For a little while on Wednesday night, the Yankees appeared to be in the process of repeating an annoying early-season trend. Several times in the first half, they would win the first two games of a series against a lesser opponent before allowing them to escape the finale with a victory. In a similar style, Texas jumped out to an early 3-0 lead while the Yankees’ offense flailed against a so-so starter.
Thankfully, the first half is a thing of the past and even with some early-September struggles, this Yankees ballclub plays a lot better than the previous edition. Thanks in no small part to catchers Kyle Higashioka and Gary Sánchez, they rallied to tie it up before breaking out with a four-run eighth. That was enough to slam the door on the Rangers, 7-3, and finish a much-needed three-game sweep. With Toronto’s loss, the Yankees are back in the second Wild Card spot.
Corey Kluber got the start for the Yankees, and the Rangers did their part to ensure that he would not duplicate his no-hit mastery from May 19th. They got their first hit one out into the ballgame, and while Kluber struck out the side to strand the runner, Texas dented home plate in the second.
Adolis García led off with a slow roller up the middle that went for an infield hit, and then moved himself into scoring position with a stolen base. Willie Calhoun followed by smashing a ball that a better first baseman than Luke Voit would’ve handled, but it bounced past his glove and into right field for an RBI single. Kluber labored but kept Texas to the one run. Nonetheless, he walked off the mound at the end of the second with 46 pitches on his arm and a 1-0 deficit.
The Yankees had their shot to counter the Rangers’ run in the home half of the second against Taylor Hearn. Giancarlo Stanton smoked a 378-foot missile off the right field wall and Joey Gallo walked to put two men on with no one out. A slow roller by Gleyber Torres advanced them, but Gio Urshela’s subsequent fly ball wasn’t deep enough to score Stanton and the Yankees stranded the runners after a Higashioka fly out. A leadoff single in the third from Brett Gardner didn’t turn into anything either, as Hearn continued to turn them away.
Texas added to its lead with two outs in the fourth. DJ Peters lined a ball over Gallo’s leaping attempt and off the left-field wall for a double. It would’ve taken an excellent defensive play to snare it, but no cigar. Brock Holt was next up and while he barely made good contact, it blooped in behind DJ LeMahieu at third. Peters scored and Texas had a 2-0 advantage.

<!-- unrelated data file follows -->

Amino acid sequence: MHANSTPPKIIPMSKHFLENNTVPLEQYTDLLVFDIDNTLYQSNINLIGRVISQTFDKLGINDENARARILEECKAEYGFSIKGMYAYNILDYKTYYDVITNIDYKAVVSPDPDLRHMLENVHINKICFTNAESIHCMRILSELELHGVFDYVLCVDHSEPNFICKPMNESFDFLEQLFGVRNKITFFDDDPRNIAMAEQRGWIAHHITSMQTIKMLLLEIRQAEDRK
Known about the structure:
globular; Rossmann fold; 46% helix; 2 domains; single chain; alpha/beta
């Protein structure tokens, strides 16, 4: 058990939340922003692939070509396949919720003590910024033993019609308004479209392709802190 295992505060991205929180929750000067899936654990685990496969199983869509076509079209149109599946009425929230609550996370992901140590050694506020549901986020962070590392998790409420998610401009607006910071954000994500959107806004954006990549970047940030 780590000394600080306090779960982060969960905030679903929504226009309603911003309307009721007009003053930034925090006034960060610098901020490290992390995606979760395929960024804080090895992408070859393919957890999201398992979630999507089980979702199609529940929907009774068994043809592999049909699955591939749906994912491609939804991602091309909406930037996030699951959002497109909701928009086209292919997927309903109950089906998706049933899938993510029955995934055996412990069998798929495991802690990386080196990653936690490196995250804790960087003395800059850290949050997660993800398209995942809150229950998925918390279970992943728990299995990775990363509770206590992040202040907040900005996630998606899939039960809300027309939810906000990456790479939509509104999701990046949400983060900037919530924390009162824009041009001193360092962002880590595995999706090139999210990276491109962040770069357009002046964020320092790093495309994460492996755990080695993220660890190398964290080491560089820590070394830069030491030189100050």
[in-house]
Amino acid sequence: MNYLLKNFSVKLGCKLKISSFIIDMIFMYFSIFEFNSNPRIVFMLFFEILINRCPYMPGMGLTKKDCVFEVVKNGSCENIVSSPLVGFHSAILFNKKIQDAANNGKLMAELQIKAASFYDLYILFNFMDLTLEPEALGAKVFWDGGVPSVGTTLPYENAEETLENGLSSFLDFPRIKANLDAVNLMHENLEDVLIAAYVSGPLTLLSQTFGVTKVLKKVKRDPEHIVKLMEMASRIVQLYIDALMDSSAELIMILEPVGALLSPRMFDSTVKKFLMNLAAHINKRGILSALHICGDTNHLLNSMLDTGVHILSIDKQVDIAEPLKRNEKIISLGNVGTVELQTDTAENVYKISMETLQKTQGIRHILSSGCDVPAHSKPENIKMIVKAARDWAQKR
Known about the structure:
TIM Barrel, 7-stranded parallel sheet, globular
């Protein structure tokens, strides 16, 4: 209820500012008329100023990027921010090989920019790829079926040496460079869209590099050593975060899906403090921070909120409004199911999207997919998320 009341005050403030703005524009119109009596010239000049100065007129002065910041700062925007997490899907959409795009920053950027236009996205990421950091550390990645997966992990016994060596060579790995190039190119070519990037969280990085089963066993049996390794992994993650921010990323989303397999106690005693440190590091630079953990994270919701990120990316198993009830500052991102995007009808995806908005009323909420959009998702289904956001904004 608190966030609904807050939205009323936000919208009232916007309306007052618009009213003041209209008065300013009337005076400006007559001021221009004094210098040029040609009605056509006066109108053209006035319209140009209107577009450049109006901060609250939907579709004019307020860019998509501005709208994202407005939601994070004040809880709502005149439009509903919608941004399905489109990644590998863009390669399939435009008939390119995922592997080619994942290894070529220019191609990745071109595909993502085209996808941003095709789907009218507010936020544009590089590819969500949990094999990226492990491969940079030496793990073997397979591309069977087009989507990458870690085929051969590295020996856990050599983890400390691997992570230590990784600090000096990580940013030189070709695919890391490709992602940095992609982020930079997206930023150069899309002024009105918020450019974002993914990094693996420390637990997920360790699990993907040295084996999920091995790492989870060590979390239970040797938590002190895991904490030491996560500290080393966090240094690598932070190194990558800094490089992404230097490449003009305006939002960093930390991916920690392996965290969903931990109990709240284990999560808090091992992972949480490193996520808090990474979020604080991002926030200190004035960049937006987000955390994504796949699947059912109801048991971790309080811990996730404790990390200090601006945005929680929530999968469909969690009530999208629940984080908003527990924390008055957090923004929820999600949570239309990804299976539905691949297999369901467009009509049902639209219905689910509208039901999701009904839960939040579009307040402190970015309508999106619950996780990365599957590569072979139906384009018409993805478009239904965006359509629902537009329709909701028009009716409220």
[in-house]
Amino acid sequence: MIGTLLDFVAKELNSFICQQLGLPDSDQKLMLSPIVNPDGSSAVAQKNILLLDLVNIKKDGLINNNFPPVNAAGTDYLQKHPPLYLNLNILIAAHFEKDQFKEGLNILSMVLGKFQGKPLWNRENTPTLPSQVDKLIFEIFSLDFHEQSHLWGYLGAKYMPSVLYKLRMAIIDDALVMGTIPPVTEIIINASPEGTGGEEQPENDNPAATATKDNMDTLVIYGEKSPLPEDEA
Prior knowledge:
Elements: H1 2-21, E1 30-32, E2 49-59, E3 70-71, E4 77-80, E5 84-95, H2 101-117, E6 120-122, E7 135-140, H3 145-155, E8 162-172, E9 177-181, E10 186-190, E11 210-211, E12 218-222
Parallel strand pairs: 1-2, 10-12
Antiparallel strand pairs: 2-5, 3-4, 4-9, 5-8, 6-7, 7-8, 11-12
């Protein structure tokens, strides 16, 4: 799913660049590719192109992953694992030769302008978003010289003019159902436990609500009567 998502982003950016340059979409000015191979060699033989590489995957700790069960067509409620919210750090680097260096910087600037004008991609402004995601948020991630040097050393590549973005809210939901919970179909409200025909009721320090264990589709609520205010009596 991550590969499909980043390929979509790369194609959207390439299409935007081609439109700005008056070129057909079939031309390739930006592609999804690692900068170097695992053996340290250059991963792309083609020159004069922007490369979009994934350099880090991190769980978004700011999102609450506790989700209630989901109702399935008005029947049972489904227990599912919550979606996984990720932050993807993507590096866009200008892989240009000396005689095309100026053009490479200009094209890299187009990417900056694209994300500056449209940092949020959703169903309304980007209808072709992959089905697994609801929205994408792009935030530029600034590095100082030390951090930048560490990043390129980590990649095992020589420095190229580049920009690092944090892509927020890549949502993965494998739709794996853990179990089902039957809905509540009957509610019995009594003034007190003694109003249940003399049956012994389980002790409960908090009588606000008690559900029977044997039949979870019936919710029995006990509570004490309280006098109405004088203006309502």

An inning later, the Rangers knocked Kluber out of the game. Yonny Hernandez reached second on a hustle double to shallow center, and Isiah Kiner-Falefa singled through the left side to make it 3-0, Texas. Kluber got the next out, but manager Aaron Boone called it a day there. Wandy Peralta got Kluber and the error-prone Voit out of a jam, so Kluber departed with a line of three runs allowed on eight hits and no walks in 4.1 innings of work with four strikeouts. There was a bunch of weak contact in there, but Kluber wasn’t as sharp as he was against Cleveland during his last outing.
The Yankees finally scored a run off Hearn in the fifth. Torres walked and Urshela lined a single to center to again put two men on with no one out. This time, they didn’t let the opportunity go to waste, as Higashioka clobbered a 368-foot double to center field:
Just like that, it was a 3-2 game with the threat for more.
Brett Gardner did his job by grounding a ball to first to move Higashioka along to third, and LeMahieu then lifted a 276-foot fly ball to García in right. Even with a catcher on the bases, it seemed deep enough for third-base coach Phil Nevin to send Higgy home. Alas, García unloaded an absolutely perfect throw to nail Higashioka at home. The Rangers held their 3-2 lead, but just barely.